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NOLA Homeless Veteran with Outreach

(photo: NOLA.com | The Times-Picayune)

The federal government hopes to end veteran homelessness by the end of next year, but the city of New Orleans has a different date in mind.

The city, along with UNITY of Greater New Orleans, believes that its unique rapid response program to combat homelessness will house the remaining homeless veterans by January 1, 2015. ThinkProgress originally reported this bold projection, which not only looks probable but also sustainable.

UNITY also works with the non-veteran homeless population of New Orleans. The non-profit reaches out directly to individuals on the streets and, with the help of 63 member organizations, helps them secure permanent affordable housing.

Earlier this year, New Orleans officials identified 193 remaining homeless veterans living among the city’s 2,000 homeless individuals. As of December 10, the joint effort between UNITY and the city housed 159 homeless veterans.

New Orleans’ rapid homelessness response program is possible through federal funding from the Veterans Affairs Supportive Housing program (VASH) and assistance from the Department of Housing and Urban Development (HUD). The city and UNITY receive no state funding for their homeless veterans housing initiatives, relying solely on federal funding to continue their work.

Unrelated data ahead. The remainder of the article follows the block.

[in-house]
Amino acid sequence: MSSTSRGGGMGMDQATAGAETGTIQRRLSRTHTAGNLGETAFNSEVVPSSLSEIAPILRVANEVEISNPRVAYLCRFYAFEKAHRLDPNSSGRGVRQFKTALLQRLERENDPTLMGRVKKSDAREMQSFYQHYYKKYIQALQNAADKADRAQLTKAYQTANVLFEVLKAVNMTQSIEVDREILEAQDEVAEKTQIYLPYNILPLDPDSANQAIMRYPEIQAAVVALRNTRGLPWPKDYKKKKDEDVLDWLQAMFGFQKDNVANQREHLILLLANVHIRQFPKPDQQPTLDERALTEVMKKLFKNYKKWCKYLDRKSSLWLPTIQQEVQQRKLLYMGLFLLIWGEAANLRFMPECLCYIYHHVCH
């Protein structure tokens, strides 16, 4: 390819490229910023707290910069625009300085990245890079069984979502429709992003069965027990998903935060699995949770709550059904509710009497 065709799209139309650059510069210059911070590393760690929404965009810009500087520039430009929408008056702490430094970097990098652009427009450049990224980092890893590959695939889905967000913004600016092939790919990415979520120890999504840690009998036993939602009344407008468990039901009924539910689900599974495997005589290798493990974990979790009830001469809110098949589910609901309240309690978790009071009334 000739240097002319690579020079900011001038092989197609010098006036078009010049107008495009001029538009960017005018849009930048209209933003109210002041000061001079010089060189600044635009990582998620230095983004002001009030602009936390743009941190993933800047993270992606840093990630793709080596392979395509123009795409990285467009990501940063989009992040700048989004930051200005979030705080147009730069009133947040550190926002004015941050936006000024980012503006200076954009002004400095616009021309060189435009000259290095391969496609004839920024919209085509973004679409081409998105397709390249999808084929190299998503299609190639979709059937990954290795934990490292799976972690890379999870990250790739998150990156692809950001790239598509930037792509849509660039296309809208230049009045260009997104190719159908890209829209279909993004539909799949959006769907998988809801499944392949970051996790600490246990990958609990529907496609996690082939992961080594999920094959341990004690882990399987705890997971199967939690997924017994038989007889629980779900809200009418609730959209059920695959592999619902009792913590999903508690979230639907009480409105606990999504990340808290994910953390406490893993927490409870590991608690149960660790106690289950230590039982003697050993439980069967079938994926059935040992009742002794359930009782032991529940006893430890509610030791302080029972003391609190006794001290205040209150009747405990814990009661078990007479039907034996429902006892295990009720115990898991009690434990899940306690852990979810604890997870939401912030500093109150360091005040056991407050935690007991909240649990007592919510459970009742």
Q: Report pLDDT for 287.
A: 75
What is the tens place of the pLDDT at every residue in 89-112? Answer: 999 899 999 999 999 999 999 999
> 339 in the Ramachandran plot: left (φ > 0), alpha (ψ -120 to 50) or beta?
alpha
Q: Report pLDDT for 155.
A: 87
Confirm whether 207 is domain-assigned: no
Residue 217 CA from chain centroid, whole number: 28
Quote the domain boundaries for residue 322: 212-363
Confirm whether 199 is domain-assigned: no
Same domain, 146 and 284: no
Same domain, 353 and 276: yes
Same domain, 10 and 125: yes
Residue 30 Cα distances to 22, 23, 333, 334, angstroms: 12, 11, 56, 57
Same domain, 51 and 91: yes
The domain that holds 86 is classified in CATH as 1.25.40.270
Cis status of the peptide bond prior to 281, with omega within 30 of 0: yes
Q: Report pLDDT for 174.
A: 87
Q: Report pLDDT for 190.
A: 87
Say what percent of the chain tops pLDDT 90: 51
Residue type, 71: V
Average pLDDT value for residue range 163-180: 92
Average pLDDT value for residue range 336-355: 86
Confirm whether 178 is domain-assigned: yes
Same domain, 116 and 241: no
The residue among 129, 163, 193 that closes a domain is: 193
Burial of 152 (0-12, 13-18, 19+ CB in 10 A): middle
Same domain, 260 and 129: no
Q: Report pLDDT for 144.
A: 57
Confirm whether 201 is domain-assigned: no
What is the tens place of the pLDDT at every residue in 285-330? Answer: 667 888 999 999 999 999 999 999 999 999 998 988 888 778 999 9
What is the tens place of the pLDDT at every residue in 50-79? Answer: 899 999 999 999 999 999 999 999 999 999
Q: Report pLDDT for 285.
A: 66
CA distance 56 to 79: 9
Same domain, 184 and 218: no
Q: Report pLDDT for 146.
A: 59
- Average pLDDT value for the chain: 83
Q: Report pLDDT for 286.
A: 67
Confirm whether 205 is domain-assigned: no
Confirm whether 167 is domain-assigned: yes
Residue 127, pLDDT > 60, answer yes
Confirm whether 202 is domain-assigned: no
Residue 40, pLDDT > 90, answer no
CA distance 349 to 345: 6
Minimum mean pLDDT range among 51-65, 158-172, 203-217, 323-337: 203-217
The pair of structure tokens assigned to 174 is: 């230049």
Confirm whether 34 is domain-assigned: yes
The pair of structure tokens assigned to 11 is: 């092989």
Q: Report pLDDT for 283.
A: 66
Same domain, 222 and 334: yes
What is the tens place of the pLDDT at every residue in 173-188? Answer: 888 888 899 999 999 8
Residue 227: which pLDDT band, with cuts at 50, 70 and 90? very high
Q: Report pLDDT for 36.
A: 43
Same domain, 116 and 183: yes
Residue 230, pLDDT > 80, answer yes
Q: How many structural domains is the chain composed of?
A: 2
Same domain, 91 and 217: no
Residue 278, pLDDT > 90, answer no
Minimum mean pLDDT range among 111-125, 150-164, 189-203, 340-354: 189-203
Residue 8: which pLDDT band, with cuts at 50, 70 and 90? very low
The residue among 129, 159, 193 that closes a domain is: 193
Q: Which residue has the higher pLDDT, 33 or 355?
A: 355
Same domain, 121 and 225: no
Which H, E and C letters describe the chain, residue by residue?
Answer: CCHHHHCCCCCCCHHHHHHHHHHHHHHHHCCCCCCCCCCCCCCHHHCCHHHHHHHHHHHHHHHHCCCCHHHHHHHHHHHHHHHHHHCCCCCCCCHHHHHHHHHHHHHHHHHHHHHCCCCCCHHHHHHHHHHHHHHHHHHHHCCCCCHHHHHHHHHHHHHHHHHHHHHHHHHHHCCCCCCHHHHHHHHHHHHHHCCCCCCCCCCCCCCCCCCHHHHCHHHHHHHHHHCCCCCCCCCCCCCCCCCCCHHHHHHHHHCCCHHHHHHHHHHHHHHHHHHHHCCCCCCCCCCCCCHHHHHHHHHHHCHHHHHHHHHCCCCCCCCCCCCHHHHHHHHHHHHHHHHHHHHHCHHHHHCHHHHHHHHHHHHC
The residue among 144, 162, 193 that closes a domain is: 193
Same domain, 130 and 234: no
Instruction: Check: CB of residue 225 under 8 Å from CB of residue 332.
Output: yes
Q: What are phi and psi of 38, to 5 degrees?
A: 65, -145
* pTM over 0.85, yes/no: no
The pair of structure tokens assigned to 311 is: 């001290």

The city’s success is rooted in a triage-like program, where the most vulnerable take priority while each veteran is still accounted for until all are placed in housing. Temporary housing, like converted motels and shelters, keep those waiting for permanent homes off the streets. Volunteers from a variety of organizations search the streets for other homeless veterans. Local volunteers, like those from the VA’s housing assistance contractor Volunteers of America, help with the daily and time-intensive tasks necessary to house each homeless veteran.

As this pattern continues, funded by VASH and operated by volunteers, the city is able to maintain a constant response to veteran homelessness as new veterans find themselves on the streets.